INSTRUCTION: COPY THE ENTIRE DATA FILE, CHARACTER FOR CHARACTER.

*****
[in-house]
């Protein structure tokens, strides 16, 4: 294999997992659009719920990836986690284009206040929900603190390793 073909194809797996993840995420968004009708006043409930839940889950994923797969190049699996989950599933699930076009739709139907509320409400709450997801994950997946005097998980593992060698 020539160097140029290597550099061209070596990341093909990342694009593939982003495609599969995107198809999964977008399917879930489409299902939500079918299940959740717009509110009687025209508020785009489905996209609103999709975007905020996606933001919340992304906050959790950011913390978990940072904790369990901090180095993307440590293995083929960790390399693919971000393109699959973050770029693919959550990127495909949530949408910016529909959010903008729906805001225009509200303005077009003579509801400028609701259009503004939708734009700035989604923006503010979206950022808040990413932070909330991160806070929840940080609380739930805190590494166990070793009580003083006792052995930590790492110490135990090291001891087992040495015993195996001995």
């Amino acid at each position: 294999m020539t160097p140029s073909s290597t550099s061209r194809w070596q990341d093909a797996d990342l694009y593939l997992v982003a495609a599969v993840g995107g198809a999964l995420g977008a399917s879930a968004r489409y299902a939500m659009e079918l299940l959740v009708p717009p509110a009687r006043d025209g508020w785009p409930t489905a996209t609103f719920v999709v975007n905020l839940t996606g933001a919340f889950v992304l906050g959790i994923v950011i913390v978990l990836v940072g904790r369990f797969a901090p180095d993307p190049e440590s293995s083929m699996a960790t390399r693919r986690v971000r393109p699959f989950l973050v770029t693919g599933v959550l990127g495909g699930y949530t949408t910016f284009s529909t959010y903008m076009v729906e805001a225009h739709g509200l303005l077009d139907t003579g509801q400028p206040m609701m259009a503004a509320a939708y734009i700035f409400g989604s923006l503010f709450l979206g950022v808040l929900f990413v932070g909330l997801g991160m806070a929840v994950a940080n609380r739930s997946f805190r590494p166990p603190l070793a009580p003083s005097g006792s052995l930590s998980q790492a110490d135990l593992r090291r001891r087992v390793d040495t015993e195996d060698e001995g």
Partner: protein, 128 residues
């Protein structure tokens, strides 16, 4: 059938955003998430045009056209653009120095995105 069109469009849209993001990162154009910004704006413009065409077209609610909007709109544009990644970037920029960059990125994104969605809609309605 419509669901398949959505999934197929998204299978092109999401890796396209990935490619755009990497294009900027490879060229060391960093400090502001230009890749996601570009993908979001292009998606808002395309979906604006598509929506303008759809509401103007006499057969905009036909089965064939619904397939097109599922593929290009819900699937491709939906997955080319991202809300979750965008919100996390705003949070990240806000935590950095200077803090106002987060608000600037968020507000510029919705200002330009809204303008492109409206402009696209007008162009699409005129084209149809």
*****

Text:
[in-house]
């Protein structure tokens, strides 16, 4: 294999997992659009719920990836986690284009206040929900603190390793 073909194809797996993840995420968004009708006043409930839940889950994923797969190049699996989950599933699930076009739709139907509320409400709450997801994950997946005097998980593992060698 020539160097140029290597550099061209070596990341093909990342694009593939982003495609599969995107198809999964977008399917879930489409299902939500079918299940959740717009509110009687025209508020785009489905996209609103999709975007905020996606933001919340992304906050959790950011913390978990940072904790369990901090180095993307440590293995083929960790390399693919971000393109699959973050770029693919959550990127495909949530949408910016529909959010903008729906805001225009509200303005077009003579509801400028609701259009503004939708734009700035989604923006503010979206950022808040990413932070909330991160806070929840940080609380739930805190590494166990070793009580003083006792052995930590790492110490135990090291001891087992040495015993195996001995």
């Amino acid at each position: 294999m020539t160097p140029s073909s290597t550099s061209r194809w070596q990341d093909a797996d990342l694009y593939l997992v982003a495609a599969v993840g995107g198809a999964l995420g977008a399917s879930a968004r489409y299902a939500m659009e079918l299940l959740v009708p717009p509110a009687r006043d025209g508020w785009p409930t489905a996209t609103f719920v999709v975007n905020l839940t996606g933001a919340f889950v992304l906050g959790i994923v950011i913390v978990l990836v940072g904790r369990f797969a901090p180095d993307p190049e440590s293995s083929m699996a960790t390399r693919r986690v971000r393109p699959f989950l973050v770029t693919g599933v959550l990127g495909g699930y949530t949408t910016f284009s529909t959010y903008m076009v729906e805001a225009h739709g509200l303005l077009d139907t003579g509801q400028p206040m609701m259009a503004a509320a939708y734009i700035f409400g989604s923006l503010f709450l979206g950022v808040l929900f990413v932070g909330l997801g991160m806070a929840v994950a940080n609380r739930s997946f805190r590494p166990p603190l070793a009580p003083s005097g006792s052995l930590s998980q790492a110490d135990l593992r090291r001891r087992v390793d040495t015993e195996d060698e001995g």
Partner: protein, 128 residues
């Protein structure tokens, strides 16, 4: 059938955003998430045009056209653009120095995105 069109469009849209993001990162154009910004704006413009065409077209609610909007709109544009990644970037920029960059990125994104969605809609309605 419509669901398949959505999934197929998204299978092109999401890796396209990935490619755009990497294009900027490879060229060391960093400090502001230009890749996601570009993908979001292009998606808002395309979906604006598509929506303008759809509401103007006499057969905009036909089965064939619904397939097109599922593929290009819900699937491709939906997955080319991202809300979750965008919100996390705003949070990240806000935590950095200077803090106002987060608000600037968020507000510029919705200002330009809204303008492109409206402009696209007008162009699409005129084209149809």